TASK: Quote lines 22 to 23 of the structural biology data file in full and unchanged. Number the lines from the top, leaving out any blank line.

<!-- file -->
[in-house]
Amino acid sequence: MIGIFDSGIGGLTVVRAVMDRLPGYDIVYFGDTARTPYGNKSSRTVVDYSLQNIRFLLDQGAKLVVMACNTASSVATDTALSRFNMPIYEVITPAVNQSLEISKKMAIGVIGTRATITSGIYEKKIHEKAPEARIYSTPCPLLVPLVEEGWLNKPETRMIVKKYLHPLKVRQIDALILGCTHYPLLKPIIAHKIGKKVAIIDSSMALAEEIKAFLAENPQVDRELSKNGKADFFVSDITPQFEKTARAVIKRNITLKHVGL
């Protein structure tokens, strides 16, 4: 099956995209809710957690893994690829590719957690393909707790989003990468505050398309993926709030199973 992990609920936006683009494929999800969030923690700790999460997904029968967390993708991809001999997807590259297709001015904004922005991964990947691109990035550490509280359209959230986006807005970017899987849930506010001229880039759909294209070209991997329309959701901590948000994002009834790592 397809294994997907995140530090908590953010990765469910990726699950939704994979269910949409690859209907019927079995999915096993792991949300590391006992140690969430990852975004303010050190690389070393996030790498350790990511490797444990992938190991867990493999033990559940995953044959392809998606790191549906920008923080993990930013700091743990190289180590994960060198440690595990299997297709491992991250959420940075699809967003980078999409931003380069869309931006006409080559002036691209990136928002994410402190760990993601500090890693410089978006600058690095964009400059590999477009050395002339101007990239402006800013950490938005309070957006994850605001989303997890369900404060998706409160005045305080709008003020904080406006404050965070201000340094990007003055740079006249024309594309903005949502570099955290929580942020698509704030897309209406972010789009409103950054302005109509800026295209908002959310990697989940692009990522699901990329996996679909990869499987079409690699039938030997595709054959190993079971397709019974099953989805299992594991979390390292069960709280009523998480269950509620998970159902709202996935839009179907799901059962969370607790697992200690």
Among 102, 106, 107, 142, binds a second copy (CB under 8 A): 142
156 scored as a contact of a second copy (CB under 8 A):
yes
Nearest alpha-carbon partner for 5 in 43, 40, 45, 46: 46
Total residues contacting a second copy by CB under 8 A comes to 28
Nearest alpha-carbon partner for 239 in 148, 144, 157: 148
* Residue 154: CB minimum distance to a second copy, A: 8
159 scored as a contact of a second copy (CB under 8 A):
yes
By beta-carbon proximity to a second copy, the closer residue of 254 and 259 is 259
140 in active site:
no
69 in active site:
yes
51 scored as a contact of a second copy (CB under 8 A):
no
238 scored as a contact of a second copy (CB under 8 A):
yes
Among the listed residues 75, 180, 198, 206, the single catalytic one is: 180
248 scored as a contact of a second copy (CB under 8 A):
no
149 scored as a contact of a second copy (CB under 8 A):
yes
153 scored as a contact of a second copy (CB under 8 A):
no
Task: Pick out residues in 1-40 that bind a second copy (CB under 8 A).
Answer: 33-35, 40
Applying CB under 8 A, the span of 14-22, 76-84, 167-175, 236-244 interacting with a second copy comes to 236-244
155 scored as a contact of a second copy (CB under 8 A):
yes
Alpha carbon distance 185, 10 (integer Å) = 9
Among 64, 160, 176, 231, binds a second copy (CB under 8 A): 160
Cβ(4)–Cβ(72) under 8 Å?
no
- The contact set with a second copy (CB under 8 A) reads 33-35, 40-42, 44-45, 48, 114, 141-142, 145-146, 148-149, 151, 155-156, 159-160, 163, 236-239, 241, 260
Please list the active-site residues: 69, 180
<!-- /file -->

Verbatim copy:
Among the listed residues 75, 180, 198, 206, the single catalytic one is: 180
248 scored as a contact of a second copy (CB under 8 A):